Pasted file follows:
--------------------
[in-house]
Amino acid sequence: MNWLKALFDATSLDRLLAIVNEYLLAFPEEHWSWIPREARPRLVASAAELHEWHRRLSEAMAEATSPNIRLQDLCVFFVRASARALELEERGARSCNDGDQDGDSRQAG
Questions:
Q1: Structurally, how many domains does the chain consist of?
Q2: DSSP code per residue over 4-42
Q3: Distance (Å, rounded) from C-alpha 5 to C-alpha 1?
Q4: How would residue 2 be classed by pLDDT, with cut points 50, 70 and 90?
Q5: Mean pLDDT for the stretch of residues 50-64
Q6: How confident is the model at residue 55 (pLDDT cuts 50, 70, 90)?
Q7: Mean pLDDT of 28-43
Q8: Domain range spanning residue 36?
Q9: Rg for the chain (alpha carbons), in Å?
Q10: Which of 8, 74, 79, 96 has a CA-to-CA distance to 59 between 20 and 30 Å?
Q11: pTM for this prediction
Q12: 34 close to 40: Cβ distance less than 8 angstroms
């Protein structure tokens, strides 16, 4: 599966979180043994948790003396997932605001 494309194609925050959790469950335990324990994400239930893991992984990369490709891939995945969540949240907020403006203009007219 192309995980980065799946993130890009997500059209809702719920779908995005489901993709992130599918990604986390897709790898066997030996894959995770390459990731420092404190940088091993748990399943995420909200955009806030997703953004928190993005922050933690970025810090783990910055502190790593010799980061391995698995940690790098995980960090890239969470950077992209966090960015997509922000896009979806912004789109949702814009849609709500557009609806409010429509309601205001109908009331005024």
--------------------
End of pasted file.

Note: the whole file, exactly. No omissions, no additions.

[in-house]
Amino acid sequence: MNWLKALFDATSLDRLLAIVNEYLLAFPEEHWSWIPREARPRLVASAAELHEWHRRLSEAMAEATSPNIRLQDLCVFFVRASARALELEERGARSCNDGDQDGDSRQAG
Questions:
Q1: Structurally, how many domains does the chain consist of?
Q2: DSSP code per residue over 4-42
Q3: Distance (Å, rounded) from C-alpha 5 to C-alpha 1?
Q4: How would residue 2 be classed by pLDDT, with cut points 50, 70 and 90?
Q5: Mean pLDDT for the stretch of residues 50-64
Q6: How confident is the model at residue 55 (pLDDT cuts 50, 70, 90)?
Q7: Mean pLDDT of 28-43
Q8: Domain range spanning residue 36?
Q9: Rg for the chain (alpha carbons), in Å?
Q10: Which of 8, 74, 79, 96 has a CA-to-CA distance to 59 between 20 and 30 Å?
Q11: pTM for this prediction
Q12: 34 close to 40: Cβ distance less than 8 angstroms
């Protein structure tokens, strides 16, 4: 599966979180043994948790003396997932605001 494309194609925050959790469950335990324990994400239930893991992984990369490709891939995945969540949240907020403006203009007219 192309995980980065799946993130890009997500059209809702719920779908995005489901993709992130599918990604986390897709790898066997030996894959995770390459990731420092404190940088091993748990399943995420909200955009806030997703953004928190993005922050933690970025810090783990910055502190790593010799980061391995698995940690790098995980960090890239969470950077992209966090960015997509922000896009979806912004789109949702814009849609709500557009609806409010429509309601205001109908009331005024």